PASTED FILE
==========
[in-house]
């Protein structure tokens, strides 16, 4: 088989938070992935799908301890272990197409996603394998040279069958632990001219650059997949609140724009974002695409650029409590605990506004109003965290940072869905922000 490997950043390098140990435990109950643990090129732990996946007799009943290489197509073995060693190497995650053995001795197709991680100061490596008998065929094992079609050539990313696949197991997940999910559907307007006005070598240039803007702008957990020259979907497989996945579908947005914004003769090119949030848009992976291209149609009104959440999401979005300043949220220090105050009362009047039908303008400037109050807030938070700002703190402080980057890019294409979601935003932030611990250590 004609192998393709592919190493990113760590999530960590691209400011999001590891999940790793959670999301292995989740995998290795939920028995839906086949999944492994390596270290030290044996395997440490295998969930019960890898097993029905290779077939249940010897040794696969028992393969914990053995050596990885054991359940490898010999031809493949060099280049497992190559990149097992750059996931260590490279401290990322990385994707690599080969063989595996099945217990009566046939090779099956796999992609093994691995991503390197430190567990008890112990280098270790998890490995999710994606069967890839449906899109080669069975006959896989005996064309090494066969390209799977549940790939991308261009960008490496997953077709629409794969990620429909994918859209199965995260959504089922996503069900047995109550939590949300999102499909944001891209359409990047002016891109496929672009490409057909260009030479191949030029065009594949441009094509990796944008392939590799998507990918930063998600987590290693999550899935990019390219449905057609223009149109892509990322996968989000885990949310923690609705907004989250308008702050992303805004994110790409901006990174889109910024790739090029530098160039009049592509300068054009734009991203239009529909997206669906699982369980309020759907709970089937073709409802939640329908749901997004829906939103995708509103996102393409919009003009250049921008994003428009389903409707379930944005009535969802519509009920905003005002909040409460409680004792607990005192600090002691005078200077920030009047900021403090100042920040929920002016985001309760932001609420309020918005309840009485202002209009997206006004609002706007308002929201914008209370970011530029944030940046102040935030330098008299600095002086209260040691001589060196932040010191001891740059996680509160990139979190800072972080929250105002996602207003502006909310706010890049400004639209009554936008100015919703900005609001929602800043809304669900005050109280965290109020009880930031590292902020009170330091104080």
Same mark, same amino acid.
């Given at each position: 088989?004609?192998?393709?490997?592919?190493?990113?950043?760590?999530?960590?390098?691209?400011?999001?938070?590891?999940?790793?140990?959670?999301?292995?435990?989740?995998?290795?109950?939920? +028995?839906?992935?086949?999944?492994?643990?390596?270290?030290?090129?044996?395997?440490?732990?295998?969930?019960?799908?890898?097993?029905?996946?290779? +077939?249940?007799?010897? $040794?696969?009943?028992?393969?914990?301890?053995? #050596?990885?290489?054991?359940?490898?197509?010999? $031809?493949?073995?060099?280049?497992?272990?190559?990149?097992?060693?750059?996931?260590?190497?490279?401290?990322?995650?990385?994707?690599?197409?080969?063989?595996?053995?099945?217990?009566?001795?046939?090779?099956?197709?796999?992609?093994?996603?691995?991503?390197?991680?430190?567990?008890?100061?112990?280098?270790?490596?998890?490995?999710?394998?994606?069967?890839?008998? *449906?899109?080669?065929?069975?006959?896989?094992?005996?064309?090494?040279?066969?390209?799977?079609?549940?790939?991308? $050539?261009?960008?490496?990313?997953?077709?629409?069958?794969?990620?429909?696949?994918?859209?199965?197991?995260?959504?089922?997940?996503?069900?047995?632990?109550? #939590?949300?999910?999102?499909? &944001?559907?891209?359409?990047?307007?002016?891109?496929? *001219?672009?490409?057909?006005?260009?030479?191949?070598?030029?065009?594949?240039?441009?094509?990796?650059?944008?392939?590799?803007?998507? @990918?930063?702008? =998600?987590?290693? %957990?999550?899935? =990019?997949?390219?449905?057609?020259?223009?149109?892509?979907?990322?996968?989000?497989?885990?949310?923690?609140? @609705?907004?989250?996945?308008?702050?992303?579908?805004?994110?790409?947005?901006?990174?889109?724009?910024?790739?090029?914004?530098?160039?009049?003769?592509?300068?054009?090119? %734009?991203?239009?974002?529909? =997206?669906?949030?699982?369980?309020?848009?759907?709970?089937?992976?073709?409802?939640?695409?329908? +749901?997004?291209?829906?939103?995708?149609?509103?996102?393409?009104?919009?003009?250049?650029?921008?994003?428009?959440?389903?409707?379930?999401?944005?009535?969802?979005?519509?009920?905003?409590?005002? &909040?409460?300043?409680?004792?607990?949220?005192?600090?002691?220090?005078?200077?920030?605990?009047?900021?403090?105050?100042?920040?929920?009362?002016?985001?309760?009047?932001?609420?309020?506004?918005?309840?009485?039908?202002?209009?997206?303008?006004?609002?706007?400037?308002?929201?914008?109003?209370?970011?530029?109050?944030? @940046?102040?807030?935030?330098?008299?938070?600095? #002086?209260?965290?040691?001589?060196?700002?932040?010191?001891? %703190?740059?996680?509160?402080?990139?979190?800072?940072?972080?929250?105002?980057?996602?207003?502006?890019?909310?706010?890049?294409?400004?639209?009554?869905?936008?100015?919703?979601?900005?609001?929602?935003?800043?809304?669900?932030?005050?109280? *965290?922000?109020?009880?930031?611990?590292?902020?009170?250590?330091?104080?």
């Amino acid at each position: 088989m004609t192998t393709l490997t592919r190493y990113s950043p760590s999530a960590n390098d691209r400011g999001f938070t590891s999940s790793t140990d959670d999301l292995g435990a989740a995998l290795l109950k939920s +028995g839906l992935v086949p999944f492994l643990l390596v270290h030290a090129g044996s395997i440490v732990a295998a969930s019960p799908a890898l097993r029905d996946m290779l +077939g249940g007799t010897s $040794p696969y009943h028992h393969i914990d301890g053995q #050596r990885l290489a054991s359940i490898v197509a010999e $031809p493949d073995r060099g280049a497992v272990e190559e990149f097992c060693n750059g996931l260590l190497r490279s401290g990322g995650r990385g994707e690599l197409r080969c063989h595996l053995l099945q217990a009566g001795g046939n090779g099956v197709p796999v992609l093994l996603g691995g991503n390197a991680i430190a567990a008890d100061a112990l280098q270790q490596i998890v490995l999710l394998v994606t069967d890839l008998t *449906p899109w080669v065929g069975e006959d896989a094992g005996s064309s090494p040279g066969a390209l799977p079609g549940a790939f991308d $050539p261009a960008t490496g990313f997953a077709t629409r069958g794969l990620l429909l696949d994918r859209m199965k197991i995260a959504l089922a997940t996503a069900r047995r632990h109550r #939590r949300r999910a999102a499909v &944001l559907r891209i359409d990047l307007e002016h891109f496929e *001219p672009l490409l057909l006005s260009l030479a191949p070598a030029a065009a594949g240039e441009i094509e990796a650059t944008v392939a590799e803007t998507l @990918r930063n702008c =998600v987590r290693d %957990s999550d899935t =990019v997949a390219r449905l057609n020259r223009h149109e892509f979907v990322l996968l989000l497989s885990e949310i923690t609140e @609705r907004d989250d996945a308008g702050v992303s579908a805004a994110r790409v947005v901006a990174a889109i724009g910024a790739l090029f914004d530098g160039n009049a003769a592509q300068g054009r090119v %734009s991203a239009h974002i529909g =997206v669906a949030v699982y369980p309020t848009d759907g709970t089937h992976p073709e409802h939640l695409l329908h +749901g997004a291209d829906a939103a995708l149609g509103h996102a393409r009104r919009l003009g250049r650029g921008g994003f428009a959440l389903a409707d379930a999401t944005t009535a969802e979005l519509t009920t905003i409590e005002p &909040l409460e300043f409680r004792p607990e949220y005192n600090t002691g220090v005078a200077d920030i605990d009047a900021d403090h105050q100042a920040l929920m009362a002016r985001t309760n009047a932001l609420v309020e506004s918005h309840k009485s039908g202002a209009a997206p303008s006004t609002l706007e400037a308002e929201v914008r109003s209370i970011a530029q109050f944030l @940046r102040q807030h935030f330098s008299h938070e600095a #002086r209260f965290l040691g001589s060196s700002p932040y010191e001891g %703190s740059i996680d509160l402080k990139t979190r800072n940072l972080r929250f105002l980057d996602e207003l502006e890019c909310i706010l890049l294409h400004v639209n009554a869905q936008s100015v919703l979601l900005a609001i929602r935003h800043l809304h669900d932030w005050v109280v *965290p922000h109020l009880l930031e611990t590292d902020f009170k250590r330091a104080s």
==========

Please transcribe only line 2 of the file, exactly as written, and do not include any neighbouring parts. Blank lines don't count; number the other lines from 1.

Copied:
């Protein structure tokens, strides 16, 4: 088989938070992935799908301890272990197409996603394998040279069958632990001219650059997949609140724009974002695409650029409590605990506004109003965290940072869905922000 490997950043390098140990435990109950643990090129732990996946007799009943290489197509073995060693190497995650053995001795197709991680100061490596008998065929094992079609050539990313696949197991997940999910559907307007006005070598240039803007702008957990020259979907497989996945579908947005914004003769090119949030848009992976291209149609009104959440999401979005300043949220220090105050009362009047039908303008400037109050807030938070700002703190402080980057890019294409979601935003932030611990250590 004609192998393709592919190493990113760590999530960590691209400011999001590891999940790793959670999301292995989740995998290795939920028995839906086949999944492994390596270290030290044996395997440490295998969930019960890898097993029905290779077939249940010897040794696969028992393969914990053995050596990885054991359940490898010999031809493949060099280049497992190559990149097992750059996931260590490279401290990322990385994707690599080969063989595996099945217990009566046939090779099956796999992609093994691995991503390197430190567990008890112990280098270790998890490995999710994606069967890839449906899109080669069975006959896989005996064309090494066969390209799977549940790939991308261009960008490496997953077709629409794969990620429909994918859209199965995260959504089922996503069900047995109550939590949300999102499909944001891209359409990047002016891109496929672009490409057909260009030479191949030029065009594949441009094509990796944008392939590799998507990918930063998600987590290693999550899935990019390219449905057609223009149109892509990322996968989000885990949310923690609705907004989250308008702050992303805004994110790409901006990174889109910024790739090029530098160039009049592509300068054009734009991203239009529909997206669906699982369980309020759907709970089937073709409802939640329908749901997004829906939103995708509103996102393409919009003009250049921008994003428009389903409707379930944005009535969802519509009920905003005002909040409460409680004792607990005192600090002691005078200077920030009047900021403090100042920040929920002016985001309760932001609420309020918005309840009485202002209009997206006004609002706007308002929201914008209370970011530029944030940046102040935030330098008299600095002086209260040691001589060196932040010191001891740059996680509160990139979190800072972080929250105002996602207003502006909310706010890049400004639209009554936008100015919703900005609001929602800043809304669900005050109280965290109020009880930031590292902020009170330091104080």